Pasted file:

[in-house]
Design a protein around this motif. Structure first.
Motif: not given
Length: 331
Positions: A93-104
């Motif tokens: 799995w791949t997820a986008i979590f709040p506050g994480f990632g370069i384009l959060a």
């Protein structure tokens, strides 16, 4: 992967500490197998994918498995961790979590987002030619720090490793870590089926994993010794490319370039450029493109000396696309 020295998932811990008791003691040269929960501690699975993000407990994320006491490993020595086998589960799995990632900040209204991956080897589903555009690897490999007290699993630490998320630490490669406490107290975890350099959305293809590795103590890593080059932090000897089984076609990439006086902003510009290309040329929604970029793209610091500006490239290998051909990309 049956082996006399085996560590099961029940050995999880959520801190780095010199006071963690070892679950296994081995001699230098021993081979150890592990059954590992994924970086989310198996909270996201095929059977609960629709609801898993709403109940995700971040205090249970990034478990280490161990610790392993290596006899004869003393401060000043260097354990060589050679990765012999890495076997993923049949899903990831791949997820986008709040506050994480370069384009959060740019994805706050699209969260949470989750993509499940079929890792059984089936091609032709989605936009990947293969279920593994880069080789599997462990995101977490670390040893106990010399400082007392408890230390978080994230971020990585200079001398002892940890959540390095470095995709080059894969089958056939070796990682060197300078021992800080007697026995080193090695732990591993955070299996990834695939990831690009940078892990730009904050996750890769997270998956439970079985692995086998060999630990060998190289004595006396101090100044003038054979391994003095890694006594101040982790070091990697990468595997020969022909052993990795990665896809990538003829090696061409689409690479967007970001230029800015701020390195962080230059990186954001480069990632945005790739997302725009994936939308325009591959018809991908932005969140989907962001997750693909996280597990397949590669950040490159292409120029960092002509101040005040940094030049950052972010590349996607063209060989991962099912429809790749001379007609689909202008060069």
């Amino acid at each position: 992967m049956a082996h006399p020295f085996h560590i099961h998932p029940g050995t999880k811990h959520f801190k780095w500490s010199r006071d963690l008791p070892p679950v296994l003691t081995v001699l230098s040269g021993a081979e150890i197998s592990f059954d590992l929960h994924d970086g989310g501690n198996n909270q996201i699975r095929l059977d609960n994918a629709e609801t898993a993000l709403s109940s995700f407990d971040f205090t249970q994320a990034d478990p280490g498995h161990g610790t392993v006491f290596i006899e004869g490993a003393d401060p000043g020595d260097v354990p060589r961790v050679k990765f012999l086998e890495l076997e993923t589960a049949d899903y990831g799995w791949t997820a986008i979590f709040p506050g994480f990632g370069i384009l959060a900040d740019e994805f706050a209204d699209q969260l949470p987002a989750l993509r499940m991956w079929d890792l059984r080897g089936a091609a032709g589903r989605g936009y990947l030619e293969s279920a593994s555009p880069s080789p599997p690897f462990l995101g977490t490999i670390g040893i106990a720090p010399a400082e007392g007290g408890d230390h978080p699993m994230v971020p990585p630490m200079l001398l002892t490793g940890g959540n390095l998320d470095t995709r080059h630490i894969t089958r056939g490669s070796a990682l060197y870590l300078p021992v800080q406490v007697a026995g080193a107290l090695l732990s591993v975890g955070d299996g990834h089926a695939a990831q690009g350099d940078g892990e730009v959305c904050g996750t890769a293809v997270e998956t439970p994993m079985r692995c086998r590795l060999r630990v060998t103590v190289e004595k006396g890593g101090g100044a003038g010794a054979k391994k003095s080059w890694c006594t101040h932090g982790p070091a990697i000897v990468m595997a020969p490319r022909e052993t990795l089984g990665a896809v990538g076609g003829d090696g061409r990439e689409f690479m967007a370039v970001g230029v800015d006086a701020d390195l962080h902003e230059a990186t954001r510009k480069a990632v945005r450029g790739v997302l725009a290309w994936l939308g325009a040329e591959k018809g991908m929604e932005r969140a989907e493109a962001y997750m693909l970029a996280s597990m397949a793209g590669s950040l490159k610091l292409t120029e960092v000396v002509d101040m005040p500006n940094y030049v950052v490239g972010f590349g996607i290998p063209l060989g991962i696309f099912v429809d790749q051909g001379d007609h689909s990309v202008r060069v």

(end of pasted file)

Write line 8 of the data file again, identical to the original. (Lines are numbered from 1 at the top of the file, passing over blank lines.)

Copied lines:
């Amino acid at each position: 992967m049956a082996h006399p020295f085996h560590i099961h998932p029940g050995t999880k811990h959520f801190k780095w500490s010199r006071d963690l008791p070892p679950v296994l003691t081995v001699l230098s040269g021993a081979e150890i197998s592990f059954d590992l929960h994924d970086g989310g501690n198996n909270q996201i699975r095929l059977d609960n994918a629709e609801t898993a993000l709403s109940s995700f407990d971040f205090t249970q994320a990034d478990p280490g498995h161990g610790t392993v006491f290596i006899e004869g490993a003393d401060p000043g020595d260097v354990p060589r961790v050679k990765f012999l086998e890495l076997e993923t589960a049949d899903y990831g799995w791949t997820a986008i979590f709040p506050g994480f990632g370069i384009l959060a900040d740019e994805f706050a209204d699209q969260l949470p987002a989750l993509r499940m991956w079929d890792l059984r080897g089936a091609a032709g589903r989605g936009y990947l030619e293969s279920a593994s555009p880069s080789p599997p690897f462990l995101g977490t490999i670390g040893i106990a720090p010399a400082e007392g007290g408890d230390h978080p699993m994230v971020p990585p630490m200079l001398l002892t490793g940890g959540n390095l998320d470095t995709r080059h630490i894969t089958r056939g490669s070796a990682l060197y870590l300078p021992v800080q406490v007697a026995g080193a107290l090695l732990s591993v975890g955070d299996g990834h089926a695939a990831q690009g350099d940078g892990e730009v959305c904050g996750t890769a293809v997270e998956t439970p994993m079985r692995c086998r590795l060999r630990v060998t103590v190289e004595k006396g890593g101090g100044a003038g010794a054979k391994k003095s080059w890694c006594t101040h932090g982790p070091a990697i000897v990468m595997a020969p490319r022909e052993t990795l089984g990665a896809v990538g076609g003829d090696g061409r990439e689409f690479m967007a370039v970001g230029v800015d006086a701020d390195l962080h902003e230059a990186t954001r510009k480069a990632v945005r450029g790739v997302l725009a290309w994936l939308g325009a040329e591959k018809g991908m929604e932005r969140a989907e493109a962001y997750m693909l970029a996280s597990m397949a793209g590669s950040l490159k610091l292409t120029e960092v000396v002509d101040m005040p500006n940094y030049v950052v490239g972010f590349g996607i290998p063209l060989g991962i696309f099912v429809d790749q051909g001379d007609h689909s990309v202008r060069v």